8 Shawn Michaels Joined The nWo… 5 Years After He First Wanted To
It’s well-documented that Shawn Michaels was close friends with his fellow Kliq members, including Scott Hall, Kevin Nash, and Sean Waltman. There came a time around 1997 when he was very unhappy in WWE, particularly after his compadres had left for WCW. At this point Michaels approached McMahon about letting him out of his contract, because he wanted to go to WCW and reunite with The Kliq, and likely would have wound up being a member of the nWo. McMahon both wouldn’t release Michaels from his contract, and gave Michaels advice against signing there when he did have the chance.
As it turned out, Michaels would ride out his wrestling career with WWE, but he did get the chance to work with the group. He joined the WWE version of the group for a short spell in 2002 that led to HBK’s full-time return to the ring after severe back issues kept him out of the game for four years.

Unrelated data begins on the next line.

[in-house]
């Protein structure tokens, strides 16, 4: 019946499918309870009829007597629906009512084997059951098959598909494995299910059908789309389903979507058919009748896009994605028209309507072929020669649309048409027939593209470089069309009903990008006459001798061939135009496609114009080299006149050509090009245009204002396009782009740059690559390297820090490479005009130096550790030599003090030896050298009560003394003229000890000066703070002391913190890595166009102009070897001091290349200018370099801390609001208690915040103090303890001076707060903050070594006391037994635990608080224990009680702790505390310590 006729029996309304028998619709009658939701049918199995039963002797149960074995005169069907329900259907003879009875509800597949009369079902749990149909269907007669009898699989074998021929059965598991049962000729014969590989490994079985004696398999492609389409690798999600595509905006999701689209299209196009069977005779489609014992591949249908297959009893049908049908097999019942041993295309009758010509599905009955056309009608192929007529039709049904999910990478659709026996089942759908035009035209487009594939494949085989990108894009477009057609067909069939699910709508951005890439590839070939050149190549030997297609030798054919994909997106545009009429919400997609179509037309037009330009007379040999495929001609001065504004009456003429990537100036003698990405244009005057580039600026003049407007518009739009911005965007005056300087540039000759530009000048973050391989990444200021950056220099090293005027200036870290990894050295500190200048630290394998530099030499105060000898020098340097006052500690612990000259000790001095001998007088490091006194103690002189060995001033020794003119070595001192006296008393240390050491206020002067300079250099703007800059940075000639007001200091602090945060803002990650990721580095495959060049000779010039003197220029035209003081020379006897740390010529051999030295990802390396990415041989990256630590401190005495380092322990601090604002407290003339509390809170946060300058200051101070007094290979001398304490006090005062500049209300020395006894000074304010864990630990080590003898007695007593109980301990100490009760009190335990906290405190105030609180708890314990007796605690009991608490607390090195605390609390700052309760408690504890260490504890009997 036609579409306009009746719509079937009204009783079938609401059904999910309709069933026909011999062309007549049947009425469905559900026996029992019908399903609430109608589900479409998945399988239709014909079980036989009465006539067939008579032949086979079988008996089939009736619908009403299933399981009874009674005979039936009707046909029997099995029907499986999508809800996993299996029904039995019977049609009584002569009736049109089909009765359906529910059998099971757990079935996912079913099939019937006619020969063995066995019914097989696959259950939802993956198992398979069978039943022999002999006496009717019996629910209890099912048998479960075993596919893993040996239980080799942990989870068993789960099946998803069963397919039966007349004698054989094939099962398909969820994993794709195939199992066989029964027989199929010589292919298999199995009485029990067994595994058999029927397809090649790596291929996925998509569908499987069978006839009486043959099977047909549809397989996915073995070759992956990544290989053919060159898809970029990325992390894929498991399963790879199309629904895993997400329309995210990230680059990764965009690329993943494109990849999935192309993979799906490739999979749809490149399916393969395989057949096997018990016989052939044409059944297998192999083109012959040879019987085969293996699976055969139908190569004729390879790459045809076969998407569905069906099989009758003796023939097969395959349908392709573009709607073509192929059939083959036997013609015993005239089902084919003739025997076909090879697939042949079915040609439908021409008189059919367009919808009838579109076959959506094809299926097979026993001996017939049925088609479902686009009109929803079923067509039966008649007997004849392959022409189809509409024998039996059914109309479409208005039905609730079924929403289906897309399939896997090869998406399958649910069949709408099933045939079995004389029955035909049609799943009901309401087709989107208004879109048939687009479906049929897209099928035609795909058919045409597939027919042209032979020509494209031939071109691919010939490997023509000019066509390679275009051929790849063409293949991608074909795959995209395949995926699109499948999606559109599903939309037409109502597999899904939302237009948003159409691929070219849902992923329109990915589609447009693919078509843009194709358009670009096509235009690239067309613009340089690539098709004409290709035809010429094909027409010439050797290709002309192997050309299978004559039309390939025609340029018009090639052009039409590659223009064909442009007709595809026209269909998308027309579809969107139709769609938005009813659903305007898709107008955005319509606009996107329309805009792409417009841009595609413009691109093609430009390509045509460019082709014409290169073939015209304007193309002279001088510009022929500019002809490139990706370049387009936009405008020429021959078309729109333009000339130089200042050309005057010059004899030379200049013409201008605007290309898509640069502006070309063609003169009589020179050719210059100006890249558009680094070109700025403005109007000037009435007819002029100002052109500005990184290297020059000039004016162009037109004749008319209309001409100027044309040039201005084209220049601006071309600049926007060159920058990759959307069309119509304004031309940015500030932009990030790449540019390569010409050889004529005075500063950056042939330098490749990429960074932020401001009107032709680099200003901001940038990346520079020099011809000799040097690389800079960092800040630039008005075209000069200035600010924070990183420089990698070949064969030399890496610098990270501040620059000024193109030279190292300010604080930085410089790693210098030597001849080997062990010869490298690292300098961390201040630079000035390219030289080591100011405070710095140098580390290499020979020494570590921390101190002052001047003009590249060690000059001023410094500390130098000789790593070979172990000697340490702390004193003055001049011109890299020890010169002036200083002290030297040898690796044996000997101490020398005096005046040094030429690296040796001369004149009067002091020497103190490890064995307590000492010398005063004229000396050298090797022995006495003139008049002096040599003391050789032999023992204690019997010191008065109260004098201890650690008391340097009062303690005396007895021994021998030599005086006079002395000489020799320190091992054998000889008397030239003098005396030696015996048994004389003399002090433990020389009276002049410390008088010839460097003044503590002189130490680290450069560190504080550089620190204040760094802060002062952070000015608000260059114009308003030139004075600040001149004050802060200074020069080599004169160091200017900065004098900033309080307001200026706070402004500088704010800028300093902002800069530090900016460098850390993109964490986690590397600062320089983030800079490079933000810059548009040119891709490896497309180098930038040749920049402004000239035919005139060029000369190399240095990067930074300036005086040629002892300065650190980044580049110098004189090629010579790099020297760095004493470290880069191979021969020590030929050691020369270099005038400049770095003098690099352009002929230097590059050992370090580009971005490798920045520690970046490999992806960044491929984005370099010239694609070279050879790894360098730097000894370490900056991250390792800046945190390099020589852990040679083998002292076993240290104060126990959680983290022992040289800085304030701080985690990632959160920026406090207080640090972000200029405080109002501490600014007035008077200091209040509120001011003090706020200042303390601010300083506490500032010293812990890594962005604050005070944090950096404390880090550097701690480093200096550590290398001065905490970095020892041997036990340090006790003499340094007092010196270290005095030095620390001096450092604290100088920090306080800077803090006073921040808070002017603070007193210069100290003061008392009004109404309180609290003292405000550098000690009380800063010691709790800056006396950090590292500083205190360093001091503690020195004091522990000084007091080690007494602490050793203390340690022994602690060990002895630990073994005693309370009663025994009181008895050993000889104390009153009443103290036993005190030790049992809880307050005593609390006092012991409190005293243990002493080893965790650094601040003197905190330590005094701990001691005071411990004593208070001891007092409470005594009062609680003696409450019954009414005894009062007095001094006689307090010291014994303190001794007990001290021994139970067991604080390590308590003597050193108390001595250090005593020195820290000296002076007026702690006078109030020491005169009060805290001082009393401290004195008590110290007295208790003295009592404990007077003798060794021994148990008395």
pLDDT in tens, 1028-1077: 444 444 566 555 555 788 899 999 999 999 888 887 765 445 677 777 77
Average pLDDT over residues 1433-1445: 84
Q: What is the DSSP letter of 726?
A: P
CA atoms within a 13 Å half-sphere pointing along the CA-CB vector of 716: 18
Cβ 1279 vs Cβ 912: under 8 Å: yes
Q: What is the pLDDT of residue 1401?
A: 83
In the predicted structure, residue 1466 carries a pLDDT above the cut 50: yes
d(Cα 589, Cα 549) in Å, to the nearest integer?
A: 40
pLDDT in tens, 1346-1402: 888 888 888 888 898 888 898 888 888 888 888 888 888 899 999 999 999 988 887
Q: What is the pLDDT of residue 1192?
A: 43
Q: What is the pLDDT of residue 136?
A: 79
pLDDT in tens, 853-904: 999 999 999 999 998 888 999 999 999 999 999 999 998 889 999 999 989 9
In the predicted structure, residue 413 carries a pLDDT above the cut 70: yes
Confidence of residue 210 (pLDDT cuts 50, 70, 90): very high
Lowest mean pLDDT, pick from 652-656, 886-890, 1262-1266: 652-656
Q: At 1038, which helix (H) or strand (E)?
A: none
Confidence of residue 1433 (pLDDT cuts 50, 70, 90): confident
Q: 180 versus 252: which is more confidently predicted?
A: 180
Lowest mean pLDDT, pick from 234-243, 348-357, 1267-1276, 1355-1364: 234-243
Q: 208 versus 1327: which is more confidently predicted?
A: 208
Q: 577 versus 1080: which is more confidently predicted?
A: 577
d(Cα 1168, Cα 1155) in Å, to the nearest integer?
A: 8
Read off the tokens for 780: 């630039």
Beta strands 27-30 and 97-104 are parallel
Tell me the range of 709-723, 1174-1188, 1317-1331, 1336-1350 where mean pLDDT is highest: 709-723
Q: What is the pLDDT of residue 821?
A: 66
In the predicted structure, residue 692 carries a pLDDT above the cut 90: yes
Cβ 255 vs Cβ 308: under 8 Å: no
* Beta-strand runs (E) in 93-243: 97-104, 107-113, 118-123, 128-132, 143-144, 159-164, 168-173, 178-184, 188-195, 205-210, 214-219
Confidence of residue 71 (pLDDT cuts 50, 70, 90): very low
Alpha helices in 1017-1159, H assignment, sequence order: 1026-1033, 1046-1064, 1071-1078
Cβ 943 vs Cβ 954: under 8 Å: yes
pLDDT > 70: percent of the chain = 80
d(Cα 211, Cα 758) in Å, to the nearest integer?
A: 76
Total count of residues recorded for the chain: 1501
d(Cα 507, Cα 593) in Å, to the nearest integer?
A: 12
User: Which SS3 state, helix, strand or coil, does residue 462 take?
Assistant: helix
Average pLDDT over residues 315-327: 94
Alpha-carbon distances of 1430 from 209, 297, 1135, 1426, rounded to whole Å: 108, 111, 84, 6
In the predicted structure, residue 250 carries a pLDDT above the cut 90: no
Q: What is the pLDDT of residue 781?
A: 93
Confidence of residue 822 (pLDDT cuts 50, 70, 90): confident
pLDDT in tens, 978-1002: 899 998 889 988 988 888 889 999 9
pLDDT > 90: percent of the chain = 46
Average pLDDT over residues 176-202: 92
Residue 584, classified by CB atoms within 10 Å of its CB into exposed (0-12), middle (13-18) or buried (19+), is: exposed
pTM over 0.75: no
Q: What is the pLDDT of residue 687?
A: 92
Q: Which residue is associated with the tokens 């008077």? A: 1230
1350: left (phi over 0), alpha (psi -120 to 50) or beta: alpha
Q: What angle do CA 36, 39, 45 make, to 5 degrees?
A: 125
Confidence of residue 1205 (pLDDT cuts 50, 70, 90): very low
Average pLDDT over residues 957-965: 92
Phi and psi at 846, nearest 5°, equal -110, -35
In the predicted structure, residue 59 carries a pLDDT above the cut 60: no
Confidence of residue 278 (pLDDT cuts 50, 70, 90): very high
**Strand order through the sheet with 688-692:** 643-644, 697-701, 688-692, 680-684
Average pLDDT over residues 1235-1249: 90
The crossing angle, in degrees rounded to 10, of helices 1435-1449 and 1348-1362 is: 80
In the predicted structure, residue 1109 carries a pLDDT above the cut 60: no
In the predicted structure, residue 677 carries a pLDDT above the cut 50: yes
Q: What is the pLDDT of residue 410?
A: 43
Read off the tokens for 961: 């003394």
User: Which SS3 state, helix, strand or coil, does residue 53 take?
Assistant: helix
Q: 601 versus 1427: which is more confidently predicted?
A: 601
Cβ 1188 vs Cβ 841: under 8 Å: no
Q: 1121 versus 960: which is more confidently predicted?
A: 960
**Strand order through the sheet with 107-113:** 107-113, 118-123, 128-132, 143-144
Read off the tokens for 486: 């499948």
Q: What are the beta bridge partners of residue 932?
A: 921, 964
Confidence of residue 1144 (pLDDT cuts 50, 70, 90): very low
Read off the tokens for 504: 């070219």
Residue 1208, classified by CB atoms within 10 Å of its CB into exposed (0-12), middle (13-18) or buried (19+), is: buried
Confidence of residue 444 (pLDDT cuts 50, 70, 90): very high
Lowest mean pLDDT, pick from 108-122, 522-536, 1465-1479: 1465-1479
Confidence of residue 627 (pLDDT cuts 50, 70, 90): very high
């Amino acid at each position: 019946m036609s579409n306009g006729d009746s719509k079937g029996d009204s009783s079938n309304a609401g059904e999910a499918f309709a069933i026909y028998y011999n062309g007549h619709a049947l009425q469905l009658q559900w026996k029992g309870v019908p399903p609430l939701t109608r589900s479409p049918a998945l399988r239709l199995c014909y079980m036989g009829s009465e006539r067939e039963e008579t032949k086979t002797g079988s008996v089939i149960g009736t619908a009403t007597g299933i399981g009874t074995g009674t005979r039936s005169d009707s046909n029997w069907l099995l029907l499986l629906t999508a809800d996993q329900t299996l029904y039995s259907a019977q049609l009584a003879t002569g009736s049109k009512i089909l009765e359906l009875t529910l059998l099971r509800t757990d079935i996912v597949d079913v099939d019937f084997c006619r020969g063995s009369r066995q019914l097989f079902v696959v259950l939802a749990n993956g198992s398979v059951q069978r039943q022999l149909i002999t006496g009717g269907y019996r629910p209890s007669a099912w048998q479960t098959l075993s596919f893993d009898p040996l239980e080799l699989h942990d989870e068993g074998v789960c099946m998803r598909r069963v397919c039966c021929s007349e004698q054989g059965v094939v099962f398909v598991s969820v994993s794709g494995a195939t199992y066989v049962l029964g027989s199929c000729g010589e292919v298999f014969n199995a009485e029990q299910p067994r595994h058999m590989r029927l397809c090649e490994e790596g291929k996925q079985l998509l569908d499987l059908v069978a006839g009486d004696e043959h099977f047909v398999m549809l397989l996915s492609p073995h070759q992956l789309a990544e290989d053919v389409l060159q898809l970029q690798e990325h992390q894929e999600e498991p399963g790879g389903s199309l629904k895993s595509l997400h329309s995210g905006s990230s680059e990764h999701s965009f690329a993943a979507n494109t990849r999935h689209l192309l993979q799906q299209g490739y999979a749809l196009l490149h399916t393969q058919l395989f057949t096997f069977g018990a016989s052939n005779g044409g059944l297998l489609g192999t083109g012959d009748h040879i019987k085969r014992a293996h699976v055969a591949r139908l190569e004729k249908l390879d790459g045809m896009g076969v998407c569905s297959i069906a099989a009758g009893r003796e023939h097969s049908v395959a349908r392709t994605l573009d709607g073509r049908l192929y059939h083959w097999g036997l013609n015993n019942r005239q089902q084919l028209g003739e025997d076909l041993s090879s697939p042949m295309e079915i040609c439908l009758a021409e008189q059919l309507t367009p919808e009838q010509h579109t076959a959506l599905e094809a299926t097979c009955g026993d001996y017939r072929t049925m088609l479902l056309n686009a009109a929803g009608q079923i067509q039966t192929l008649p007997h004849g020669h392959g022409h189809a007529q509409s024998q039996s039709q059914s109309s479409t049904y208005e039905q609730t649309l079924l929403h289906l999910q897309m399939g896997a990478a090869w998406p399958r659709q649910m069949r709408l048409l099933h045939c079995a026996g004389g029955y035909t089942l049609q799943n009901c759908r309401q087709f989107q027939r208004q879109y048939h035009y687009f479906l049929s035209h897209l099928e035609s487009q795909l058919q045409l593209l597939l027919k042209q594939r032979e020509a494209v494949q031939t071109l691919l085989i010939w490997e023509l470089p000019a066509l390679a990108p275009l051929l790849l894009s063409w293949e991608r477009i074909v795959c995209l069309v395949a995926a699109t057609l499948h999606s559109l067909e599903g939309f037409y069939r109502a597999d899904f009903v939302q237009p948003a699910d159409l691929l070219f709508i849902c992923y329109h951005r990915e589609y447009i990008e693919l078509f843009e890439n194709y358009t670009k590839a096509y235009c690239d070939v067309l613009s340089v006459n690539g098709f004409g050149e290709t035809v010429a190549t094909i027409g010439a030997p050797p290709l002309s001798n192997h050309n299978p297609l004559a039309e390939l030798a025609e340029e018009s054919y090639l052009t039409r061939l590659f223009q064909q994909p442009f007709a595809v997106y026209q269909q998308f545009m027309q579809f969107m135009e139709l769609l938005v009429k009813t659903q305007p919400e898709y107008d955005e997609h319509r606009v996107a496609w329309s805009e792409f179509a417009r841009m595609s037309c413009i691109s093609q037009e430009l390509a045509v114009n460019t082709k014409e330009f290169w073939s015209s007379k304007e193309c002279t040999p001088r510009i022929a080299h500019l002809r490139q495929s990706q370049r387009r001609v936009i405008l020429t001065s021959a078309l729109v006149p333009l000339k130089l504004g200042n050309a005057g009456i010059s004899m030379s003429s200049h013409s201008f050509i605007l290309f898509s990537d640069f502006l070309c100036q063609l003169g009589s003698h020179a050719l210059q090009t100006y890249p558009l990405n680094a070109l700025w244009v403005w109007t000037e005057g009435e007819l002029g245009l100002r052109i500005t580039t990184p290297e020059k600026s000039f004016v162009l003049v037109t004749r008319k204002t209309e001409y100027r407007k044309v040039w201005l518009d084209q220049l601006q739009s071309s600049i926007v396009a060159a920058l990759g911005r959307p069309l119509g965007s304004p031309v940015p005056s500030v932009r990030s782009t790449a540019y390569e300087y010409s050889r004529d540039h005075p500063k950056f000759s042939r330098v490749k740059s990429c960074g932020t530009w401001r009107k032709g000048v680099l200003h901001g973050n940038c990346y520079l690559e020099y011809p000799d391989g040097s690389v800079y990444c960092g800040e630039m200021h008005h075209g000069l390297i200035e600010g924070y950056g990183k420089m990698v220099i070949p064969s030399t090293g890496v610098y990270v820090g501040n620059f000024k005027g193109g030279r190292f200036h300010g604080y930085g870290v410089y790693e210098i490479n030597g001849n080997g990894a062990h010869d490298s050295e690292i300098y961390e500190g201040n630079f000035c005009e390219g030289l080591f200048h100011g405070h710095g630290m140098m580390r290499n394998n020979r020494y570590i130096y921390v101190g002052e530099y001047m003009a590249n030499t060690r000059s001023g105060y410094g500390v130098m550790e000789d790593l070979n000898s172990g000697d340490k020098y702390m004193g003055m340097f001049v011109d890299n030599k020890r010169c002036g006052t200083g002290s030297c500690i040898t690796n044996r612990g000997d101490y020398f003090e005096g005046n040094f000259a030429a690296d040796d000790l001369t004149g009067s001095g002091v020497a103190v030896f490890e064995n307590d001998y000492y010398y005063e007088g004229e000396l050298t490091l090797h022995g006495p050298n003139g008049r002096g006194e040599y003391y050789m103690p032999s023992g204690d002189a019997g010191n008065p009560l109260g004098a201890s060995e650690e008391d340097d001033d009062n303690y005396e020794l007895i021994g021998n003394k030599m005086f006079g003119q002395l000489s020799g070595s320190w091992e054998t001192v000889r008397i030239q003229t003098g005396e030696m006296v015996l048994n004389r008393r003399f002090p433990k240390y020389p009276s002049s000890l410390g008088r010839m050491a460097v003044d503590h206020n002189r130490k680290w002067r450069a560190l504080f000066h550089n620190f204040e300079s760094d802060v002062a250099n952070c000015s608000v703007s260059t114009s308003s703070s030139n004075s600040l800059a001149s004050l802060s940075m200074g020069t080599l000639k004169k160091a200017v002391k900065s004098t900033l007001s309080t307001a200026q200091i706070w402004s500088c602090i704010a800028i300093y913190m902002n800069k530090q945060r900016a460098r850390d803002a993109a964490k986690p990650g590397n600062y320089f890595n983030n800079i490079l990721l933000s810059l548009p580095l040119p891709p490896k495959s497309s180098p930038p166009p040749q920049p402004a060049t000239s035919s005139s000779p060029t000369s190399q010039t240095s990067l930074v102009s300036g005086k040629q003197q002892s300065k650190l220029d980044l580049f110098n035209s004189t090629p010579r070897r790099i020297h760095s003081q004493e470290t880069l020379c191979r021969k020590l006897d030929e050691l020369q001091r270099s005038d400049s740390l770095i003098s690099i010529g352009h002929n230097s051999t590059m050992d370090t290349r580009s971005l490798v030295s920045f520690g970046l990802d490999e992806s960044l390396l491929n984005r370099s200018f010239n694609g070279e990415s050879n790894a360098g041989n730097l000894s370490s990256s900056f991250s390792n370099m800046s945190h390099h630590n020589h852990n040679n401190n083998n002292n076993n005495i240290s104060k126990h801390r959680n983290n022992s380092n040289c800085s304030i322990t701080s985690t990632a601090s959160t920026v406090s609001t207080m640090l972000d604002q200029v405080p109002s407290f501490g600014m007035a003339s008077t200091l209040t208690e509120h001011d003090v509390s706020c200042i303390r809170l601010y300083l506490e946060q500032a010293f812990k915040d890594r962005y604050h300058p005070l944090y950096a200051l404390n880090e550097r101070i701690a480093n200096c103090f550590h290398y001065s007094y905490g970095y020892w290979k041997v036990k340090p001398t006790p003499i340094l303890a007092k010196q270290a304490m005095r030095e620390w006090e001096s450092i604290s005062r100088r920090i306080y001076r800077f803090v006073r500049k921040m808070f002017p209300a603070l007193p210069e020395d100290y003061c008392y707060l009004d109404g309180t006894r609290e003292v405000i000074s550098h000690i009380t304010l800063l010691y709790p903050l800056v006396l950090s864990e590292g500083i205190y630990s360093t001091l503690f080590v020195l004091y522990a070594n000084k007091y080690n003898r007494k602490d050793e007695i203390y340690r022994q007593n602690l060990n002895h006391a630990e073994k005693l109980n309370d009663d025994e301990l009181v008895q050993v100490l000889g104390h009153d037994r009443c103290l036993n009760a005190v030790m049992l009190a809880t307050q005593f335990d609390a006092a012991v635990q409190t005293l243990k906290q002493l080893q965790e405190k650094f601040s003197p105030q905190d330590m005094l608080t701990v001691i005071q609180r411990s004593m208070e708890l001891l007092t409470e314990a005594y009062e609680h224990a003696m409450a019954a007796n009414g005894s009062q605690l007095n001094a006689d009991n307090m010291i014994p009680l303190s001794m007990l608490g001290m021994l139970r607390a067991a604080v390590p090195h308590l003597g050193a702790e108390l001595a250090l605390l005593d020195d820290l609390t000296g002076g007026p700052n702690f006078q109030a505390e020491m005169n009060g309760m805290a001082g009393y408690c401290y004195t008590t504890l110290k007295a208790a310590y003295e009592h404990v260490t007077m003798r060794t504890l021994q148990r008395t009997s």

7 Scott Steiner Mauled Diamond Dallas Page
As Hulk Hogan took a backseat and spent some time away from the ring, Scott Steiner got the reigns of the nWo toward the end of its initial run. Around this time he got involved in a heated personal issue with Diamond Dallas Page. A lot of the details vary from source to source, but the gist is that Page’s real-life wife Kimberly accused Tammy Sytch of drug possession. Though Sytch (better known as Sunny) was cleared, Scott Steiner took offense on her behalf and went after Kimberly, and then DDP. The issue started backstage, but continued with Steiner cutting a promo that walked the line between storylines and reality, calling out Page.